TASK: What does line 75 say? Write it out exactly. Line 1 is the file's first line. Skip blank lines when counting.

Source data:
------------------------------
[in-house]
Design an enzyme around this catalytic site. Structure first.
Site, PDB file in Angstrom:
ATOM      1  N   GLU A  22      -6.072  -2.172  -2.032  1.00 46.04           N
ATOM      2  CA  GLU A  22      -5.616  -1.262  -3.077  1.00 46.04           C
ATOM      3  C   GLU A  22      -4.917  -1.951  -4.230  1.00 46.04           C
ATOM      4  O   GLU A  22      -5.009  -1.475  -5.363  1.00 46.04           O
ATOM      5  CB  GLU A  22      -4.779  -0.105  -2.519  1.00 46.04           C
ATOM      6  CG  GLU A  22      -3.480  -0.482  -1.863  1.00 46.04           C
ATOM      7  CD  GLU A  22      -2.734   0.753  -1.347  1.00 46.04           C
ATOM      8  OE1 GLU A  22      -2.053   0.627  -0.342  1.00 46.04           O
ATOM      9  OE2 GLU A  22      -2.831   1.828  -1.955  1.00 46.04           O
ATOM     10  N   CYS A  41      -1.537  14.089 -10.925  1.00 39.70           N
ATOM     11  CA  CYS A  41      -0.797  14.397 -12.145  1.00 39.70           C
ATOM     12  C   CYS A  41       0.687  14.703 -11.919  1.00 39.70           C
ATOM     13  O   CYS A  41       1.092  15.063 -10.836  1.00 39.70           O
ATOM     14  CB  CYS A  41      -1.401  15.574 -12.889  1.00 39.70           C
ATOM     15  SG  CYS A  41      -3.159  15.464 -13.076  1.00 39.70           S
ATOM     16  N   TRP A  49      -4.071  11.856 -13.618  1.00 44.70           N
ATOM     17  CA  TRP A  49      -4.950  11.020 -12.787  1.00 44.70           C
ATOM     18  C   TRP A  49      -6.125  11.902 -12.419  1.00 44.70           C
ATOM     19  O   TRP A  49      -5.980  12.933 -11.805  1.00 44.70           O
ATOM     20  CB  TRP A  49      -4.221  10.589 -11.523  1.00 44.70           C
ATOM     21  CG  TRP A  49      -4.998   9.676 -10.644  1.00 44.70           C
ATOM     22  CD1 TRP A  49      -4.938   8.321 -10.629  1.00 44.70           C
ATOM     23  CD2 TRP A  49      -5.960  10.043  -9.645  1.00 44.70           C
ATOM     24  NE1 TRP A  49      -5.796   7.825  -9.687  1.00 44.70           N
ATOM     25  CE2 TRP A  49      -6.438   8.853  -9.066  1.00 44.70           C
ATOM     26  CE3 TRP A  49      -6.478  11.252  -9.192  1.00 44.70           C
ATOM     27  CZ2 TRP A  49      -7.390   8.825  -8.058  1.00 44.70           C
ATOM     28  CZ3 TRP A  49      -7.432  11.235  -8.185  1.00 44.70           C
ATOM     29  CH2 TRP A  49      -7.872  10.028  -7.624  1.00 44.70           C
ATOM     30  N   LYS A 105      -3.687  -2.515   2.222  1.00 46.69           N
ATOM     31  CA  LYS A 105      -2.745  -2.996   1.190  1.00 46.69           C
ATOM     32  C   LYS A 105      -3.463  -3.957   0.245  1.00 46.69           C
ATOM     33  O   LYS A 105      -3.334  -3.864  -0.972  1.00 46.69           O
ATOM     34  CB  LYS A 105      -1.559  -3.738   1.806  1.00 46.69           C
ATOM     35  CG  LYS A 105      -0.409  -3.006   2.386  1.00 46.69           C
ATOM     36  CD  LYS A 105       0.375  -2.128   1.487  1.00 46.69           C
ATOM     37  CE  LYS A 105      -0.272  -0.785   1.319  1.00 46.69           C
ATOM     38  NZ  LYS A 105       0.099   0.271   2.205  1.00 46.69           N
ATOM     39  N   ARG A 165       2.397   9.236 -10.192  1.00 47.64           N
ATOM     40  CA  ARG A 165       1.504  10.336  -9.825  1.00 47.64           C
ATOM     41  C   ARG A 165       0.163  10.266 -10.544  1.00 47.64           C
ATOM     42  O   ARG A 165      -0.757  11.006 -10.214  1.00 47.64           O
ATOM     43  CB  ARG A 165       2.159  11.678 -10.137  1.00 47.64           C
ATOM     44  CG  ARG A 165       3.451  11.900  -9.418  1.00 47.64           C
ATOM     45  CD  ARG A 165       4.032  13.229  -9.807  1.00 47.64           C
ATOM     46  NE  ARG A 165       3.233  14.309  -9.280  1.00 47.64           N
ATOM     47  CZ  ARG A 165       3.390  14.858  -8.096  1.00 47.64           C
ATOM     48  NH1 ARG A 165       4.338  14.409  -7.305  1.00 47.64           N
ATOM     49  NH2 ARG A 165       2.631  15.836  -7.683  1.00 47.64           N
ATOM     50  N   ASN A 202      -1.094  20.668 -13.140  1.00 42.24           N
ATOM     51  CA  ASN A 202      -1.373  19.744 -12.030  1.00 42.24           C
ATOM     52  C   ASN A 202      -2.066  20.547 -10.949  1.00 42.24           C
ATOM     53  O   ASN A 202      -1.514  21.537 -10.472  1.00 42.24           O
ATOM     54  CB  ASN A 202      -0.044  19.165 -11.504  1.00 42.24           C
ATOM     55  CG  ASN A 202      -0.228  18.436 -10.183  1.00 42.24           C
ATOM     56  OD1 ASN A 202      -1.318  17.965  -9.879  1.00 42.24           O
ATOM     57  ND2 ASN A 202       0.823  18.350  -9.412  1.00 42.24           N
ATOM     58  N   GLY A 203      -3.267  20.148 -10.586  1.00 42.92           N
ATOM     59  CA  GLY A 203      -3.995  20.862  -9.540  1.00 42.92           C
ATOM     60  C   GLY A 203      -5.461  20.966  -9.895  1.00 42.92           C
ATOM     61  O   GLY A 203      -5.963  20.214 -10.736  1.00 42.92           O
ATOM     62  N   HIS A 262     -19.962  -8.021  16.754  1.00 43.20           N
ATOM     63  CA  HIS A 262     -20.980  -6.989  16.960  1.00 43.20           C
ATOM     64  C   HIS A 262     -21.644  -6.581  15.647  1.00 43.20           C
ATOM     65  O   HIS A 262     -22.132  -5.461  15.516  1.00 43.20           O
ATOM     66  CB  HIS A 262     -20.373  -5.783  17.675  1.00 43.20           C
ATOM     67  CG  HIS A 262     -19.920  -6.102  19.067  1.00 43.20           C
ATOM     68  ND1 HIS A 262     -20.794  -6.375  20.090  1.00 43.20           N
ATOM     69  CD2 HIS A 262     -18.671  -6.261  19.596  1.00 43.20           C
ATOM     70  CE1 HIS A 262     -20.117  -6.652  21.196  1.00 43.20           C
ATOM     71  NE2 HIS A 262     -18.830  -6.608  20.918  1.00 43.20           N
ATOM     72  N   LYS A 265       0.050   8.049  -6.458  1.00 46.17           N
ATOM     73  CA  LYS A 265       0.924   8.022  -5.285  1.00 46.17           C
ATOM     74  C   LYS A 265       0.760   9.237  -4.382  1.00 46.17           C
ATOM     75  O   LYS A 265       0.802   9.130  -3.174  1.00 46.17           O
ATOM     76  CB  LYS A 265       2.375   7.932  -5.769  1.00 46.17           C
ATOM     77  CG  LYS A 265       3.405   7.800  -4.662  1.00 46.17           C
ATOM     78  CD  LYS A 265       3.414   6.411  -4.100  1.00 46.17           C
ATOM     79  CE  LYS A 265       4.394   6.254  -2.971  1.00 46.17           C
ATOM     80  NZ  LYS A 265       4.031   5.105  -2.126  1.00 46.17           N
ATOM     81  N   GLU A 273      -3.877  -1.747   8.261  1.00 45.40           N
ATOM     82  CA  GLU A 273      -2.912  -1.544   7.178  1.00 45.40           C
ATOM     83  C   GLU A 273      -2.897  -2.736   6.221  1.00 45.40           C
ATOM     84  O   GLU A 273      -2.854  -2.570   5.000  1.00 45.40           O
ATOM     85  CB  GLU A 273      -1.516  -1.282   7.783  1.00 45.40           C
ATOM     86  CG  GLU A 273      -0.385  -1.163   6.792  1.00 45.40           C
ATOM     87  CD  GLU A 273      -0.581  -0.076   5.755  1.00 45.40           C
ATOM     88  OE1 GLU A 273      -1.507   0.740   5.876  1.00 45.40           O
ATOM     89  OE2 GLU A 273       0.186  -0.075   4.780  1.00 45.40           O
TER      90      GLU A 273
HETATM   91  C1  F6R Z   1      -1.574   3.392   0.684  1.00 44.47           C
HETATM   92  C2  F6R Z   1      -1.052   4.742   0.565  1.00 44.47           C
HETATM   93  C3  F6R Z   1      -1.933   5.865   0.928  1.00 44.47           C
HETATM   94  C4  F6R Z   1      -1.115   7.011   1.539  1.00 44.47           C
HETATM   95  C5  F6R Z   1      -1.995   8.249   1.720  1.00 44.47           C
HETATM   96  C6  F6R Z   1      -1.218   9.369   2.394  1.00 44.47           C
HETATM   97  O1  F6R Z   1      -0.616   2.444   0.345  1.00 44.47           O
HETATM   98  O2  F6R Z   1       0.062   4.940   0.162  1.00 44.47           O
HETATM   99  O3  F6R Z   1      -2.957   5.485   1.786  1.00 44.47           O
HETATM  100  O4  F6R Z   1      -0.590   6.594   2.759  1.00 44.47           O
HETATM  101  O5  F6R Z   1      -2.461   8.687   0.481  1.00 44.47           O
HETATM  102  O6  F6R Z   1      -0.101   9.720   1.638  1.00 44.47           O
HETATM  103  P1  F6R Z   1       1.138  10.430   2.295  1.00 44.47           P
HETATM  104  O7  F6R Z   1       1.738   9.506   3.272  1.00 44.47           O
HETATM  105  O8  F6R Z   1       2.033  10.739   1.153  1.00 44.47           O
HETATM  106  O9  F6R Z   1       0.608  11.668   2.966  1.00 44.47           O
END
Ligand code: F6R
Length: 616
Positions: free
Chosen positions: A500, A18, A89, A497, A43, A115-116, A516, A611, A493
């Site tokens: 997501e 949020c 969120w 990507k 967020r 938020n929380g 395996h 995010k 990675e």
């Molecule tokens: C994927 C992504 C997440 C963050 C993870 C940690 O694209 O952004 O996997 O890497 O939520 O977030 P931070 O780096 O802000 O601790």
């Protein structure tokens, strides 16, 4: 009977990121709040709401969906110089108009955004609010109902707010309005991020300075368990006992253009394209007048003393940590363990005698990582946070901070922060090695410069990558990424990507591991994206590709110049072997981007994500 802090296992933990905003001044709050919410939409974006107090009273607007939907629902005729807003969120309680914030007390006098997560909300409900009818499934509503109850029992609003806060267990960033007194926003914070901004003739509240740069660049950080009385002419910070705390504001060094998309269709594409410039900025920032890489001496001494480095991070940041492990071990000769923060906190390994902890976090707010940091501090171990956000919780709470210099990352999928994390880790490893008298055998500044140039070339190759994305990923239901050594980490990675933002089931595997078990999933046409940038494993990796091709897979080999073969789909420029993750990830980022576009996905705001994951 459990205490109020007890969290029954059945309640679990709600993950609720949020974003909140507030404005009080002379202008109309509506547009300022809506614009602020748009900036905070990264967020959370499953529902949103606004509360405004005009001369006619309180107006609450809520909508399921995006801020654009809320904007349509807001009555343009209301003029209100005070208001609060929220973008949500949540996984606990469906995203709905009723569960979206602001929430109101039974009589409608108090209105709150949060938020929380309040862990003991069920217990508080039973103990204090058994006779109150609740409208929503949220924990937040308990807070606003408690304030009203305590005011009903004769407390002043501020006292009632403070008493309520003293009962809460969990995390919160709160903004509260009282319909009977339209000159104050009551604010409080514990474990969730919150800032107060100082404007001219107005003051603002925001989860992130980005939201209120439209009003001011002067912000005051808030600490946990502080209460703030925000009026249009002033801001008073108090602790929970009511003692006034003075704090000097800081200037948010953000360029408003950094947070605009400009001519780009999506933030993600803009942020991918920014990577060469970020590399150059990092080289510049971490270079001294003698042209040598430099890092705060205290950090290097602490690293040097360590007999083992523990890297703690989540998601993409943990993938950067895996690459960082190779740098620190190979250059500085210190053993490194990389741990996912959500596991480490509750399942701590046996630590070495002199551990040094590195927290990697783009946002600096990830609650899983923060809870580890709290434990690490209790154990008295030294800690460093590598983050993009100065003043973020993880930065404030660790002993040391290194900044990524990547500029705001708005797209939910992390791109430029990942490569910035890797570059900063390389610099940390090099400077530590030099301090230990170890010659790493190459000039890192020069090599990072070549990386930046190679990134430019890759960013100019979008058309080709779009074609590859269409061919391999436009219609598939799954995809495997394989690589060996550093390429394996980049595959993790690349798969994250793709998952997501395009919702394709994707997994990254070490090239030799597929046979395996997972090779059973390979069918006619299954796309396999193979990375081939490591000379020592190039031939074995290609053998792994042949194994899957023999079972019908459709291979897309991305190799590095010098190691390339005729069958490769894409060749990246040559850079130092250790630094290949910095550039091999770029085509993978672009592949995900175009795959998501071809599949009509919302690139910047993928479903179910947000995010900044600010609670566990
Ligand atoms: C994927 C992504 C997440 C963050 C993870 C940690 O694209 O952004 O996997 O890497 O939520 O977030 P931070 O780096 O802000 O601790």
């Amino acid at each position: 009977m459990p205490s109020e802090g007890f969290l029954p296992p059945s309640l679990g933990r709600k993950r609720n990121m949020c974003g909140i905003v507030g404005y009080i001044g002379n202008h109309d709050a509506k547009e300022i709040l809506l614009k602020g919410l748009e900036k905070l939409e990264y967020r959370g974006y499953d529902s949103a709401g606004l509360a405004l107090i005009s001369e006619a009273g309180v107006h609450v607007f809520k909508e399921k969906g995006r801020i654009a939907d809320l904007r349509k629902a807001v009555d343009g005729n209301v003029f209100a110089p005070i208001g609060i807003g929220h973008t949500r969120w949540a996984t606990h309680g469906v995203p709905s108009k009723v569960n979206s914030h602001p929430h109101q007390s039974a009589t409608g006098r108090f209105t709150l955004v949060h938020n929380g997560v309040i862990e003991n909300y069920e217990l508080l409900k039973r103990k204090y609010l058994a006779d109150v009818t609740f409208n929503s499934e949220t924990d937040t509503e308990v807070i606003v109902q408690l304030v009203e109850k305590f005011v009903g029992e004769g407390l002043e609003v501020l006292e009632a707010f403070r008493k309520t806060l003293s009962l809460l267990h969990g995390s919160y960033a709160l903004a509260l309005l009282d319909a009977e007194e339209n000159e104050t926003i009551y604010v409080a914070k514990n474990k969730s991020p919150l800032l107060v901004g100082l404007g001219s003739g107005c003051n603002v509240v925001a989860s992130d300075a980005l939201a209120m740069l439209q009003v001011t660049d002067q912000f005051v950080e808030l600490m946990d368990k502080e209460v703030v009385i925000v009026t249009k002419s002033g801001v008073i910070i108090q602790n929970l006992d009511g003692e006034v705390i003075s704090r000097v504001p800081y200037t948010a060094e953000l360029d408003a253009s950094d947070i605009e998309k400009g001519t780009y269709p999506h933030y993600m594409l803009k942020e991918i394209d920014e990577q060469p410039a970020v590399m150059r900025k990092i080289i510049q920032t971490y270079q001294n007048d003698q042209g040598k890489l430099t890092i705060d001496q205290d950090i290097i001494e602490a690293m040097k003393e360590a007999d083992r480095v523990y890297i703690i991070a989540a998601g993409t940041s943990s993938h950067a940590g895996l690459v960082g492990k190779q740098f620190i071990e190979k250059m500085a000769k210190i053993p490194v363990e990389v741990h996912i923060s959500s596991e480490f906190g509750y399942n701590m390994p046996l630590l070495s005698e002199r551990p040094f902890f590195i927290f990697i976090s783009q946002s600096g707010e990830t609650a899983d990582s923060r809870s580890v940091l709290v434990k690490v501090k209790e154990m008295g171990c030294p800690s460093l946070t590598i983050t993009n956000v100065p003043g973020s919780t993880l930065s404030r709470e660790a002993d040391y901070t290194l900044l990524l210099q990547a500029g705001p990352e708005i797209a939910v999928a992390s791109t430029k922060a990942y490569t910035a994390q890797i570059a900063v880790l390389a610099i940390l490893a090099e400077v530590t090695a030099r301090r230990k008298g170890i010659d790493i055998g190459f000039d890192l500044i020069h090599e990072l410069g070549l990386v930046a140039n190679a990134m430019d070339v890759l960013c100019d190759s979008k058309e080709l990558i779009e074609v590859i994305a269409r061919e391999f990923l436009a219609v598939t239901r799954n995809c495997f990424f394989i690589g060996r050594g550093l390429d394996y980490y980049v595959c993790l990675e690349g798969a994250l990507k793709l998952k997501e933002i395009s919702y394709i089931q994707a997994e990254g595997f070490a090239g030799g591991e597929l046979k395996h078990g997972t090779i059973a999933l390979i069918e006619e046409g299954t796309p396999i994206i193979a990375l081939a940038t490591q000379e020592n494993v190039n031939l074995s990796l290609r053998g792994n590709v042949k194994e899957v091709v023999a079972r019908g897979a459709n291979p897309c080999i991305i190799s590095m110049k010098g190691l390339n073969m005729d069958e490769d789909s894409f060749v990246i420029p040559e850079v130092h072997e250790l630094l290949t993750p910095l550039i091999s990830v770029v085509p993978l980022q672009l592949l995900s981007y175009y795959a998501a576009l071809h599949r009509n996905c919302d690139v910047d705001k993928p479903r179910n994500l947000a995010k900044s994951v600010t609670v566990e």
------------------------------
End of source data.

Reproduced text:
ATOM     72  N   LYS A 265       0.050   8.049  -6.458  1.00 46.17           N